For decades, Troost Avenue has symbolized racial separation, income disparity and vast differences in home value as well as frequency of crime. But it's only a street. And at one time, it happened to be quite a prosperous street.
Hosted by Monroe Dodd, this discussion explores the specific decisions, both national and local, that laid the groundwork for Troost's transformation into a major metropolitan divide. Personal stories from a longtime resident contribute to this conversation.
Ever wonder how neighborhoods and parks around the city got their names? Host Monroe Dodd was back during Friday's show with a panel of guests to tell the stories behind the names of public spaces and communities in Kansas City.
Hundreds of people are gathering to prove they are the best at a profession they have either just started or about to start. The Skills USA competition pits people in secondary and post-secondary education in head to head competition in talents ranging from computer programing, to cooking, to welding to over 90 other fields.
Some of the famous names Kansas City – Kemper, Latshaw, Ohlmann – were people who at one time were chairman of the Kansas City Board of Trade. Since 1856 the KC Board of trade has been home for commodity trading, such as hard red winter wheat, and as that history comes to an end on Friday Michael Braude, former President & CEO of the KCBT and Frank Stone, Chairman in ‘07, President of Clearing Corporation in ‘88 & ‘04, explore the impact the board of trade has had on the region and what the implications are for its closing.
Have you ever wondered why a street is named the what it is? Or what that one person did that immortalized their name onto our mailing address? Some are fairly obvious, but many surprises abound when you start exploring. History host Monroe Dodd invites David Boutros, the Assistant Director at State Historical Society of Missouri, Daniel Serda a teacher at the KU school of Architecture Design and Planning, and Matt Gilligan of the Johnson County Museum to explore our streets and just how they became know for what they are today.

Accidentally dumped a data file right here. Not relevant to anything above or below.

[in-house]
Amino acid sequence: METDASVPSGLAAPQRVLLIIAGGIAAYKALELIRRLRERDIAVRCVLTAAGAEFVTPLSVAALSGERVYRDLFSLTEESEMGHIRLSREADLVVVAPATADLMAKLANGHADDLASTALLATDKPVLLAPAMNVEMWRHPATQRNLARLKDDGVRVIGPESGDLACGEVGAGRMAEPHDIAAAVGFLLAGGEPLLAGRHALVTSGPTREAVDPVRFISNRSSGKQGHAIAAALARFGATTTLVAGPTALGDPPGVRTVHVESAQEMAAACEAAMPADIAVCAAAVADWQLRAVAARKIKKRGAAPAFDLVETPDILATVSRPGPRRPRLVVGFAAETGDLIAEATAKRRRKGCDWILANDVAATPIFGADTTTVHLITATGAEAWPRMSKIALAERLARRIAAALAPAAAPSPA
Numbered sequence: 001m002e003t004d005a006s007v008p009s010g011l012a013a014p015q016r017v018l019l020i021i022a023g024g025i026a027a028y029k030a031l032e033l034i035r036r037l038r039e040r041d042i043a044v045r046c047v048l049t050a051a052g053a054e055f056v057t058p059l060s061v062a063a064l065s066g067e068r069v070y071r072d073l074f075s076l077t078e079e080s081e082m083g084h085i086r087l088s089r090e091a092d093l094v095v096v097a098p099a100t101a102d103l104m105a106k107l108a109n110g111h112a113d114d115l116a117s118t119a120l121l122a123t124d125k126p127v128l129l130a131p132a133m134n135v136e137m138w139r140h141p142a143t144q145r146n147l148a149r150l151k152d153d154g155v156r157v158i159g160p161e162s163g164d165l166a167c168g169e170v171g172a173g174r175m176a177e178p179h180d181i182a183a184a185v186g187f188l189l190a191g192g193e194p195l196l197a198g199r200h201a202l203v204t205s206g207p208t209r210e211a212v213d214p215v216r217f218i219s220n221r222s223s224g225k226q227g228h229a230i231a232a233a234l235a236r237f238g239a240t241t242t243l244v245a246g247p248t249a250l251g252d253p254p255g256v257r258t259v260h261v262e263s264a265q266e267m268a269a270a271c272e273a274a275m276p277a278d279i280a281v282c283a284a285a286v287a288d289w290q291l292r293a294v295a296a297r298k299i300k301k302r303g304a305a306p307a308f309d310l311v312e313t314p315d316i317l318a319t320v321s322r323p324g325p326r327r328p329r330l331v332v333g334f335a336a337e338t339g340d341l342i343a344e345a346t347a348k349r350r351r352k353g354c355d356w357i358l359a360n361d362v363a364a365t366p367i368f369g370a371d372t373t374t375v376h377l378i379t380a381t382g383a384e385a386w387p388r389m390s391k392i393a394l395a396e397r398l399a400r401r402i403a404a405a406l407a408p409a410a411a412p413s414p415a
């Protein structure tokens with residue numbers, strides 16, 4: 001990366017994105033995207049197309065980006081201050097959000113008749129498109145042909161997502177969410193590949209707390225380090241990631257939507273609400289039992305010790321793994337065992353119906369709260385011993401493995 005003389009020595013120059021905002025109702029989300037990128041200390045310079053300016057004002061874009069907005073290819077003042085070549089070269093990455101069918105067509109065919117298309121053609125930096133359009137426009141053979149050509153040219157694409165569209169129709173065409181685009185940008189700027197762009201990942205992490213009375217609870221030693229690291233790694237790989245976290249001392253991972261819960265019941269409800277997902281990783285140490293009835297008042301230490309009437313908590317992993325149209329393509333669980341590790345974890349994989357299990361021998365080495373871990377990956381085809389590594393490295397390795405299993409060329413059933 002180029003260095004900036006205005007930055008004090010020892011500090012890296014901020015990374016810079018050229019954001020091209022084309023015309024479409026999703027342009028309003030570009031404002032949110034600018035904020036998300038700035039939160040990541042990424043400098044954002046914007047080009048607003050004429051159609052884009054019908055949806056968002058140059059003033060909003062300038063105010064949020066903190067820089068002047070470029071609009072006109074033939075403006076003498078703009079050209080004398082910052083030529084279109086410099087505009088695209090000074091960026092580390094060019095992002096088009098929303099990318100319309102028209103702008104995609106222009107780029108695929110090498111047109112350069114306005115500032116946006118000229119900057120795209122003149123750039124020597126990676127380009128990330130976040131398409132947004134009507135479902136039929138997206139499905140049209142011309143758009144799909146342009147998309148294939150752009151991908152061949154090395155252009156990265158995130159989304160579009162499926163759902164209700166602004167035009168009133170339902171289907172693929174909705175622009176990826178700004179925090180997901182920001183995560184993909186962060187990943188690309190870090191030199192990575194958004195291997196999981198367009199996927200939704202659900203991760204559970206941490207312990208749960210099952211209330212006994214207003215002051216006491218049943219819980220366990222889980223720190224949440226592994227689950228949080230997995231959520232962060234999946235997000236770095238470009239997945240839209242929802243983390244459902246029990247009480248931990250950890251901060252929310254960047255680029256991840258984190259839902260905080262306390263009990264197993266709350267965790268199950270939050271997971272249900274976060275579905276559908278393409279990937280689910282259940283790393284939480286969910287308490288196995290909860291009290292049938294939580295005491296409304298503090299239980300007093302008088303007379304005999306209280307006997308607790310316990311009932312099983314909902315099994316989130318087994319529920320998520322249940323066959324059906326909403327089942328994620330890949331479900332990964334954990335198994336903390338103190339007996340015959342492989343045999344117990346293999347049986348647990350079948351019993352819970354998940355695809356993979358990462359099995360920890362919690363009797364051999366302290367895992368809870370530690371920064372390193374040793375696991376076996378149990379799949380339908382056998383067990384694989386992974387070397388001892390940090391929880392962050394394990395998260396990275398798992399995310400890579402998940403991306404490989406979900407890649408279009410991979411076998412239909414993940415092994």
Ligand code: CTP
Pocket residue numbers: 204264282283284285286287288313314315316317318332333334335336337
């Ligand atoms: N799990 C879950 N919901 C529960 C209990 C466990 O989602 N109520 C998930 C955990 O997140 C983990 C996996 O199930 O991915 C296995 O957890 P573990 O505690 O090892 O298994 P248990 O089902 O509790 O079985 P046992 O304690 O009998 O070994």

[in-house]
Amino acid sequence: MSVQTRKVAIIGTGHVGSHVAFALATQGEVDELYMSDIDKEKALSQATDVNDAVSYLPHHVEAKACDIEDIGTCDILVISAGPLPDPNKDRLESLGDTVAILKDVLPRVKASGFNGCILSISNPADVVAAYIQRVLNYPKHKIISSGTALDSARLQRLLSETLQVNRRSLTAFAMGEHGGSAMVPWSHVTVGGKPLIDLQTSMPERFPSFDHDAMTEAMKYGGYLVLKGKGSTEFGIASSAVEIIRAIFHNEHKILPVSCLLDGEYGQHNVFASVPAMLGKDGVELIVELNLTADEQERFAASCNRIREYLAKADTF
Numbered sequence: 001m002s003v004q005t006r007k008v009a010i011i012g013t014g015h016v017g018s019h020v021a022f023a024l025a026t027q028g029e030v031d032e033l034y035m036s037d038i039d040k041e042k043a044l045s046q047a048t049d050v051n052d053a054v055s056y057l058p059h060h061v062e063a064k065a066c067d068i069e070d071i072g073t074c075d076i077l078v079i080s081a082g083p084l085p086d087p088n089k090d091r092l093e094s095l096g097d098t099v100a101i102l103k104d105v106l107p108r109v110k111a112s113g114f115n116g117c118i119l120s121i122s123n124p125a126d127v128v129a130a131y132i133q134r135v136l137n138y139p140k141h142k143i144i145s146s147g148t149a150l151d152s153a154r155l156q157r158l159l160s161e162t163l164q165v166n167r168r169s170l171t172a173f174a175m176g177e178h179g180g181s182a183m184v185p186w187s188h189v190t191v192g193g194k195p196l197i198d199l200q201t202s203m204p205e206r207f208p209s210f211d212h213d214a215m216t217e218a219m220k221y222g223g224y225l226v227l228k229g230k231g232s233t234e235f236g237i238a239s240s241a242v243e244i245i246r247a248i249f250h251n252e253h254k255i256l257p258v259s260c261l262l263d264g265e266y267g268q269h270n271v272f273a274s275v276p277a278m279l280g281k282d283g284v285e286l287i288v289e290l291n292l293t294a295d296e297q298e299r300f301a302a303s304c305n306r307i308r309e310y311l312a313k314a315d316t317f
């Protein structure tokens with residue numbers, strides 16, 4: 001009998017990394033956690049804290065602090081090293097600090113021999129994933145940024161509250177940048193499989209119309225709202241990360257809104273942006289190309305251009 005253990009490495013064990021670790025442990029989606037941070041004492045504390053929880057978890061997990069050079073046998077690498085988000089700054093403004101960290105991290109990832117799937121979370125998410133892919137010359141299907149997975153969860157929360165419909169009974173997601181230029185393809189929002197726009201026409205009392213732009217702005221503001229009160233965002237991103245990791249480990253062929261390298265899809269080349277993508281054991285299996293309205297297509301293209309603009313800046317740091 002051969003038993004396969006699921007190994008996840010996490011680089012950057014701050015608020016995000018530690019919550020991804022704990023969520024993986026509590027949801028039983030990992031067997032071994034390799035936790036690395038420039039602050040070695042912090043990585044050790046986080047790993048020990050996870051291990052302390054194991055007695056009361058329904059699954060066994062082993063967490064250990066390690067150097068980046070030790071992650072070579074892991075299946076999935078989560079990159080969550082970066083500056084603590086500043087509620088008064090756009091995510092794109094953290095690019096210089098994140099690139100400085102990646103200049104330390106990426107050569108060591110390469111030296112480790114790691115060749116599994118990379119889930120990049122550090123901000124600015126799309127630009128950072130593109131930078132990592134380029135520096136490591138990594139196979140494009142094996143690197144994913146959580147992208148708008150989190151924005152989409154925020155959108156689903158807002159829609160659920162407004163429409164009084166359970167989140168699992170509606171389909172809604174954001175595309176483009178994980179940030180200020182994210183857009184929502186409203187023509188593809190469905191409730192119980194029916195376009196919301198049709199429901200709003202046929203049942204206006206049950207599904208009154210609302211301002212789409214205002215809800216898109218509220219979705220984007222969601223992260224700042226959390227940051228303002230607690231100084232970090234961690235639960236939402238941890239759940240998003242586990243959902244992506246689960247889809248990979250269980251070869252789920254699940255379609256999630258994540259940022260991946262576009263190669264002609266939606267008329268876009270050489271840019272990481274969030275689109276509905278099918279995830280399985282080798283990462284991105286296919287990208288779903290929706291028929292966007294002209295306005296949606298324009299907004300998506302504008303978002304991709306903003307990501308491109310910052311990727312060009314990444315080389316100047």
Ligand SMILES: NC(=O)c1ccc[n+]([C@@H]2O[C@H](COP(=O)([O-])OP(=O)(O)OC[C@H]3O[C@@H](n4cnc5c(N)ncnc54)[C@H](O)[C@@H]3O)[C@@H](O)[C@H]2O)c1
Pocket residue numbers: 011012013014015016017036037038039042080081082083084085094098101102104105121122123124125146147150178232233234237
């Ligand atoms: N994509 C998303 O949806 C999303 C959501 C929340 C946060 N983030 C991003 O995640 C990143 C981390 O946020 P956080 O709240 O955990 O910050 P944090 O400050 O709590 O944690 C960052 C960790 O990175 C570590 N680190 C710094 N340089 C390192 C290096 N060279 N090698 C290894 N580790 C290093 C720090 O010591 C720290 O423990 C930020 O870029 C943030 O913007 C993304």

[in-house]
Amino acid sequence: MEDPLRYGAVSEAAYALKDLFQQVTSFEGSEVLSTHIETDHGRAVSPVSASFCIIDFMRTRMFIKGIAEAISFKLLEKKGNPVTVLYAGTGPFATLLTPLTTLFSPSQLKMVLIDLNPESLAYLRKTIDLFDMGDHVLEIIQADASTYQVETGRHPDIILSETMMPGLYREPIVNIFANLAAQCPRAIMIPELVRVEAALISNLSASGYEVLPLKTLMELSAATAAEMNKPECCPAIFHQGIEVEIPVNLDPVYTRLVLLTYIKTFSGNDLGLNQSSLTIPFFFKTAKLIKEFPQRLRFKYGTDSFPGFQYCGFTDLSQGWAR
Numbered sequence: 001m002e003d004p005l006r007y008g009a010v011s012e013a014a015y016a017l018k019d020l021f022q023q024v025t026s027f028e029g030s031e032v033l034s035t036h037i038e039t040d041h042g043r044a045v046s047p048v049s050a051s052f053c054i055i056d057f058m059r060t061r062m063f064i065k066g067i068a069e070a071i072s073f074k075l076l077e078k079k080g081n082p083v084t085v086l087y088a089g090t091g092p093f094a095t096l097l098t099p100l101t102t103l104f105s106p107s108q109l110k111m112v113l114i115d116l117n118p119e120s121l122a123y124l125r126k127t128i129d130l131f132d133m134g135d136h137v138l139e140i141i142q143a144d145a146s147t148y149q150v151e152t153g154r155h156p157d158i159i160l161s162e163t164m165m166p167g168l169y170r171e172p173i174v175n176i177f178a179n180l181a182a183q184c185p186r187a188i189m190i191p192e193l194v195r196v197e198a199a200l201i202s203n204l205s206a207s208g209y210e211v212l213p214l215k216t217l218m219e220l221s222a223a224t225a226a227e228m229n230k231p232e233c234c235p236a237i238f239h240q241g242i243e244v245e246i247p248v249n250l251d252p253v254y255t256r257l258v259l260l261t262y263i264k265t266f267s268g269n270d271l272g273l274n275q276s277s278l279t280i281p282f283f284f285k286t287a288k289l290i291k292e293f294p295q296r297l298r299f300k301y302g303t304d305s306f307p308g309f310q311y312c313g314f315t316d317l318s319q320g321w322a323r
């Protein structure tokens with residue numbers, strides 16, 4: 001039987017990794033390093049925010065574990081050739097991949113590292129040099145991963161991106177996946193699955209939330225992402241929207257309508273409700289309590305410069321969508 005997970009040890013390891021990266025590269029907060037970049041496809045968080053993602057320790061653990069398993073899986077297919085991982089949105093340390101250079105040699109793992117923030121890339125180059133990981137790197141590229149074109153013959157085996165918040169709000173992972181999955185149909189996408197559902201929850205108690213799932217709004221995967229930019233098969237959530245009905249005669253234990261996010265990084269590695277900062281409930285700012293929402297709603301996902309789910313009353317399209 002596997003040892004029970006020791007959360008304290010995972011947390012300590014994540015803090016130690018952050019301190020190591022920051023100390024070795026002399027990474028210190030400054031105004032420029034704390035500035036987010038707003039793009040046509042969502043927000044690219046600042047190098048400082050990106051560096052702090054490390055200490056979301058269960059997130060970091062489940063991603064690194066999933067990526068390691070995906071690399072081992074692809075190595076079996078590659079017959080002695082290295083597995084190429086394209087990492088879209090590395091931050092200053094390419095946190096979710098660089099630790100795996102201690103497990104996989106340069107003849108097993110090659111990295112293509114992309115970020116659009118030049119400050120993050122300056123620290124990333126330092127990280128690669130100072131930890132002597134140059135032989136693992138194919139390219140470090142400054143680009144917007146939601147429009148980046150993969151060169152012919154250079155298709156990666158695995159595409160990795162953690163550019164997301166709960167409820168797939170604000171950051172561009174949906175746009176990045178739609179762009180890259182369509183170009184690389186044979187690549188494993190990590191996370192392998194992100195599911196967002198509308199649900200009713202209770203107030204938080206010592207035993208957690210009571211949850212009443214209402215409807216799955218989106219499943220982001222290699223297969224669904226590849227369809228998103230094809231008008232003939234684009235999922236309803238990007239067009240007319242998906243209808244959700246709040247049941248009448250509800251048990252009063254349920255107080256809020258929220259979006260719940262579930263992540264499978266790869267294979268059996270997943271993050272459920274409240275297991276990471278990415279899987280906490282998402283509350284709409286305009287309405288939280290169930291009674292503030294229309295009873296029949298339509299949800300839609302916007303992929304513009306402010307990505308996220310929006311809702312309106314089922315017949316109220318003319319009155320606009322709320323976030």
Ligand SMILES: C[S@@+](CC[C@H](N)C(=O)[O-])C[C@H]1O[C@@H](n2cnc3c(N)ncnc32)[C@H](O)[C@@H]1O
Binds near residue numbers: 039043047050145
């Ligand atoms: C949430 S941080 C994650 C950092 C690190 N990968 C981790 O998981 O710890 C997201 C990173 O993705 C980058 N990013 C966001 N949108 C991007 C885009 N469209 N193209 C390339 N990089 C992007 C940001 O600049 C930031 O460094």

Walt Bodine, legendary Kansas City broadcaster and icon of the city, died Sunday at the age of 92. To celebrate the life and career of Bodine, Central Standard invites his fans, friends and colleagues to call in and share their memories of former Walt Bodine Show host both on and off the air.
As St. Patrick's Day approaches next week, the 'Kiss Me I'm Irish' t-shirts are getting pulled out of the closets and shamrocks will plaster the city. Kansas City has a special relationship with Irish culture that goes hand in hand with the city's narrative.
The Federal Bureau of Investigations is our federal police force, “to protect and defend the United States against terrorist and foreign intelligence threats and to enforce the criminal laws of the United States." However, in that mission the FBI has investigated its own citizens, even it's own presidents. Pulitzer prize winning author Tim Weiner discusses the complicated history of the FBI.
How did America end up in Vietnam? Coming up on Central Standard Friday, a look at the 40 years of political, military and diplomatic decisions that led to U.S. involvement in Indochina, going back to Versailles Peace Conference in 1919.
Coming up on Central Standard Friday, join host Monroe Dodd for a history of the Show Me State rarely shown, including the chamber pot war of 1812, Long’s Dragon Boat, and wind wagon technology from 1846.
Thank you all for joining KCUR this Friday morning at 10 a.m. for the very last Walt Bodine Show, and showing such outstanding support for Walt, and his contributions to local journalism.
Walt was join for the hour by his friends Monroe Dodd, Charles Ferruzza and Russ Simmons. The three have known Walt over the years as regular guests and co-hosts, and will talk with Walt today about his influence in Kansas City.
Join us Tuesday morning for a special Walt Bodine Show from 2004, when Walt chats with fellow storyteller Ira Glass of This American Life about the ins and outs of radio journalism, and what happens when, inevitably, things go awry.
The 1940 census tells a story of the economic dislocation that took place in America during the Great Depression. On April 2, those records will be made publicly available online for researchers everywhere.
For three decades, organized crime in Kansas City was ruled by one mobster: Nick Civella. On this Friday's Walt Bodine Show, co-host Monroe Dodd will be joined by longtime FBI Agent William Ouseley for a look at how the mob emerged into the public eye, and ran every aspect of our city, as told in his books Mobsters in our Midst, and Open City.
On Friday's Walt Bodine Show, historian Monroe Dodd discusses the history of remarkable women in Kansas, with past KCUR contributor and author, Gina Kaufmann. Her new bookMore than Petticoats: Remarkable Kansas Women tells the stories of women who shaped the Sunflower State, including a dentist, an orator, a pilot, a mayor and a fugitive slave.